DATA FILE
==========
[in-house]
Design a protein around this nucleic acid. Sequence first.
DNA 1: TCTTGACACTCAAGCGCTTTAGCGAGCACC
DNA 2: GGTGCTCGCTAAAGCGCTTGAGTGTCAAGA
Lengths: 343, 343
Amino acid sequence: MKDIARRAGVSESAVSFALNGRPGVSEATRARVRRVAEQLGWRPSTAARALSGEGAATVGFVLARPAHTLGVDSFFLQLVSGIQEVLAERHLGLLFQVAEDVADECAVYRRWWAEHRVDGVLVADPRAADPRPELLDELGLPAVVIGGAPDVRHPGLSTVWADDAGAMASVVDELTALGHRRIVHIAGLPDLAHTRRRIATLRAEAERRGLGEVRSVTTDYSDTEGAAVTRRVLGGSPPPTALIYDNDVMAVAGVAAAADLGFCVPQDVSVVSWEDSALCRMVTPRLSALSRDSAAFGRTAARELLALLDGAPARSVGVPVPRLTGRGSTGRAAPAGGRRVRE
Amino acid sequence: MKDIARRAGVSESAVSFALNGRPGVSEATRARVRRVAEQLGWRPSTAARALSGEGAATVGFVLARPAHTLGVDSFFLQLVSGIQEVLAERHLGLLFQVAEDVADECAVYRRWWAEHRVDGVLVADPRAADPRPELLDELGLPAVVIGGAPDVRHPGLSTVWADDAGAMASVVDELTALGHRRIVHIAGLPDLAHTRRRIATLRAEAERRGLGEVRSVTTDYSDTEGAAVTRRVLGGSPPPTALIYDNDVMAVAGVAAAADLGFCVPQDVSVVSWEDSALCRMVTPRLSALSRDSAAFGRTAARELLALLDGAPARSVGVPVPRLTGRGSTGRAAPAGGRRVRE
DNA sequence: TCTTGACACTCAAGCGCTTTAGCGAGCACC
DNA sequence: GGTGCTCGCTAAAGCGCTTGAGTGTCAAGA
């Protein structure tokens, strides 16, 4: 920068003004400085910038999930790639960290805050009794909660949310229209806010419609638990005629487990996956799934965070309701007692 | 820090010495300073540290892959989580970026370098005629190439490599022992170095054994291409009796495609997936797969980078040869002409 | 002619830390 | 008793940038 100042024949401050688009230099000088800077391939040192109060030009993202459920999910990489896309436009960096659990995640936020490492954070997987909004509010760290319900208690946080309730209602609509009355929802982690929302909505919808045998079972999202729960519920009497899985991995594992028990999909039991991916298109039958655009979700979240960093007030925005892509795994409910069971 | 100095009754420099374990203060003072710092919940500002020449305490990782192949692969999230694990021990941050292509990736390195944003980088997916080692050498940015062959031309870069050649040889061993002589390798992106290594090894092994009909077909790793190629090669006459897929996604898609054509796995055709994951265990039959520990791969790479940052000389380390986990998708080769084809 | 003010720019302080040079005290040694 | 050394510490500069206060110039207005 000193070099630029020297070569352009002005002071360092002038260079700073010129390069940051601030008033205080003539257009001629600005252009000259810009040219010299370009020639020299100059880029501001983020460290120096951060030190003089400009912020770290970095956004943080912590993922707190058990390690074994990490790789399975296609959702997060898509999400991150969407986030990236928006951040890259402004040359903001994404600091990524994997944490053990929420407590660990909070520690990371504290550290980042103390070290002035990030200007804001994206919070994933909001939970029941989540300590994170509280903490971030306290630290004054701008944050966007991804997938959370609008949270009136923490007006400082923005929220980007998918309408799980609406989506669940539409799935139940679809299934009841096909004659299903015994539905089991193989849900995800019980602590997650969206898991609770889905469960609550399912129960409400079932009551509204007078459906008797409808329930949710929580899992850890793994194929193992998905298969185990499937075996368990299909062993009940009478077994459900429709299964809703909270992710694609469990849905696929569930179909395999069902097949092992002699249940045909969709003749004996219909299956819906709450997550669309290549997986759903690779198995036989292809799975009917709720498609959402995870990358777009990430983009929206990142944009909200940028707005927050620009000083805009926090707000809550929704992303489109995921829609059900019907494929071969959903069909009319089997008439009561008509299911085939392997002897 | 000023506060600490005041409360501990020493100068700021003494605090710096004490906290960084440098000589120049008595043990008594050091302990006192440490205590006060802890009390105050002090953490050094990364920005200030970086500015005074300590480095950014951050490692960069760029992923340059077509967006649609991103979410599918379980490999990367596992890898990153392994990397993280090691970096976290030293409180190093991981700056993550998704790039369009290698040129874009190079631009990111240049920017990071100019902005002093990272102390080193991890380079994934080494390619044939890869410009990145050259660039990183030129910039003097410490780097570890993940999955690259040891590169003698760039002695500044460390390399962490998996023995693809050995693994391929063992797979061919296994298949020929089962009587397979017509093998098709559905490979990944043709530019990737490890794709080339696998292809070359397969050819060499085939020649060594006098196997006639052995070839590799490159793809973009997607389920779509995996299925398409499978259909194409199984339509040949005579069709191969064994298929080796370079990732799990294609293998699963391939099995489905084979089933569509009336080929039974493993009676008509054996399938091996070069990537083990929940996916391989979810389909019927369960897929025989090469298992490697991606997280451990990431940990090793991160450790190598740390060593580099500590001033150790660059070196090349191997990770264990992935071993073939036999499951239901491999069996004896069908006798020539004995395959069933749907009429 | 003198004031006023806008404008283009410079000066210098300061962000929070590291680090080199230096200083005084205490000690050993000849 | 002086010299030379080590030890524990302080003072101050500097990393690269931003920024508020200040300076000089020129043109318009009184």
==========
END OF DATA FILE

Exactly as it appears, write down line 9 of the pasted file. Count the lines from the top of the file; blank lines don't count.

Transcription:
DNA sequence: GGTGCTCGCTAAAGCGCTTGAGTGTCAAGA